Beach-goers urged to take care as RNLI lifeguards return to Camber Sands

Recent hot weather and easing of lockdown has led to thousands of people flocking to beaches and a busy period for the Royal National Lifeboat Institution (RNLI) volunteer lifeboat crew.

RNLI lifeguards at Camber Sands last August. Picture by Kt Bruce SUS-200528-120628001
RNLI lifeguards at Camber Sands last August. Picture by Kt Bruce SUS-200528-120628001

The charity is urging anyone planning to visit the coast to make sure they follow safety advice to keep themselves and their families safe.

The reminder comes as the RNLI begins the first phase of its lifeguard service roll-out, with patrols starting on Saturday (May 30) at Camber Sands Central Beach.

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Despite the challenges posed by coronavirus and social distancing, the RNLI hopes to provide a lifeguard service on around 30 per cent of the beaches the charity usually covers in time for the traditional peak summer season.

The remainder of these beaches will be confirmed as soon as possible.

Since the easing of restrictions, the charity has focussed on re-establishing the infrastructure required for the lifeguard service, something made more complicated by the charity’s responsibility to make sure lifeguards are operating safely during a pandemic.

During a normal summer, this takes time and includes recruitment, training, and the ordering and distributing of equipment and facilities to beaches.

This year, the charity also had to ensure lifeguards are equipped with the appropriate PPE and have received training and support in new operating procedures and precautions needed to manage the challenges of coronavirus alongside the other demands of their role.

This means the lifeguard service will look a little different this year.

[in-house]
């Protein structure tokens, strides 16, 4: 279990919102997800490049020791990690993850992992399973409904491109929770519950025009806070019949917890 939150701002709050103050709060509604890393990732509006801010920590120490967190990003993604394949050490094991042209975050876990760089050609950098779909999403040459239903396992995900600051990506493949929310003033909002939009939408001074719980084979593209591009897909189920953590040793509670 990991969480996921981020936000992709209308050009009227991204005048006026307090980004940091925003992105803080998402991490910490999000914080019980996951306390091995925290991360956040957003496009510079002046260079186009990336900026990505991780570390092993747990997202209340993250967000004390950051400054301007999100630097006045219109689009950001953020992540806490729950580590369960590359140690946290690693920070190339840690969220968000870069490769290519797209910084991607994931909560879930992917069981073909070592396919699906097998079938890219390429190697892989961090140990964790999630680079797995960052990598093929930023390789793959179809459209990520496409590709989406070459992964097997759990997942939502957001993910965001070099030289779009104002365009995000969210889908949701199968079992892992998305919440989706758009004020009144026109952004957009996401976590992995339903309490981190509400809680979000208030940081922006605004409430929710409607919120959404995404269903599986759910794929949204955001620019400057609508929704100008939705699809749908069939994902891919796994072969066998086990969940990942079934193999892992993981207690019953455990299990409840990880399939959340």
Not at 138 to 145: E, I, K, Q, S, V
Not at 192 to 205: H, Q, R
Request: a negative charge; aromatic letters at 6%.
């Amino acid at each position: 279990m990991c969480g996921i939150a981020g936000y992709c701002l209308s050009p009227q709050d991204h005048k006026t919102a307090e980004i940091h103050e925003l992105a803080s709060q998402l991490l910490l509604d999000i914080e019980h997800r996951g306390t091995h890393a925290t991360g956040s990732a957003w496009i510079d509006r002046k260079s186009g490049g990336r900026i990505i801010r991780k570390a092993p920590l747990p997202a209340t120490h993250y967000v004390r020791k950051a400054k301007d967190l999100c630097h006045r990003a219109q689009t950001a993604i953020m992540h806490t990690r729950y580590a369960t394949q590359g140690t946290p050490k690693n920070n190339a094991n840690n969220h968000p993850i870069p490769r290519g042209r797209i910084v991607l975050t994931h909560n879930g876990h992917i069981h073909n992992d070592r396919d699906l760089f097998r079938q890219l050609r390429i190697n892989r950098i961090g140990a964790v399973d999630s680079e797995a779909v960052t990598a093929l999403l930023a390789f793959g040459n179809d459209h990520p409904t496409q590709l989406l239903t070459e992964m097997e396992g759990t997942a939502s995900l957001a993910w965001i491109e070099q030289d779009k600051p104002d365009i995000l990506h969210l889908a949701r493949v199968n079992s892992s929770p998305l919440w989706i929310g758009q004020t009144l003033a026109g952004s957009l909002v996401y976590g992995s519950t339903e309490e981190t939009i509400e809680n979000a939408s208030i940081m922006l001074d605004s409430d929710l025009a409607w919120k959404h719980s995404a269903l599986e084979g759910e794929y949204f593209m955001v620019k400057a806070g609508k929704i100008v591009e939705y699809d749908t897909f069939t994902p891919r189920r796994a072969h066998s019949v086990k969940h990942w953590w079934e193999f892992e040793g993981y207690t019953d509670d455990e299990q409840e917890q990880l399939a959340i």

Lifeguards will wear PPE similar to ambulance crews in some situations.

New protocols for all first responders mean the lifeguards may not deal with some minor first aid cases but will support people to treat themselves.

They will also try to keep socially distant from beach-goers, and may need to adopt different patrol methods at times, such as not using the red and yellow flags and asking people to keep apart but close to shore, to help keep people safe while maintaining social distancing.

Joe Mitchell, RNLI lifesaving manager, said: “As ever, the welfare of our staff and beach visitors, along with our commitment to providing a responsible lifesaving service, is the RNLI’s priority and we have been working closely with Rother District Council to make sure conditions are safe for our lifeguards to provide an effective service.

“Our lifeguards have a vital role in making sure visitors to the beach are aware of their surroundings, the potential dangers at the beach and providing a lifesaving rescue service should anyone get into trouble.

“We would encourage the public to follow the Government’s advice on social distancing and take care to understand the risks at the coast and the necessary steps to keep themselves safe.”

Cllr Doug Oliver, Rother District Council leader, said: “We are grateful to the efforts of the RNLI to return a service to Camber beach under such difficult circumstances.

“While those people entering the water can do so more safely with a lifeguard service in place, it is still vital that visitors observe social distancing at all times. To support this, we have limited car parking and reduced toilet facilities.

“The numbers we have seen at the beach in recent days have made social distancing extremely difficult and I would ask anyone considering a visit to think very carefully about their own safety and the safety of others, including those providing beach services, before making the journey.”

Anyone planning a visit to the coast should remember and follow RNLI safety advice:

- Have a plan and check the weather forecast, tide times and read local hazard signage

- Keep a close eye on your family – on the beach and in the water

- Don’t allow your family to swim alone

- Don’t use inflatables

- If you fall into the water unexpectedly, float to live. Fight your instinct to thrash around, lean back, extend your arms and legs, and float

- In an emergency dial 999, and ask for the Coastguard.

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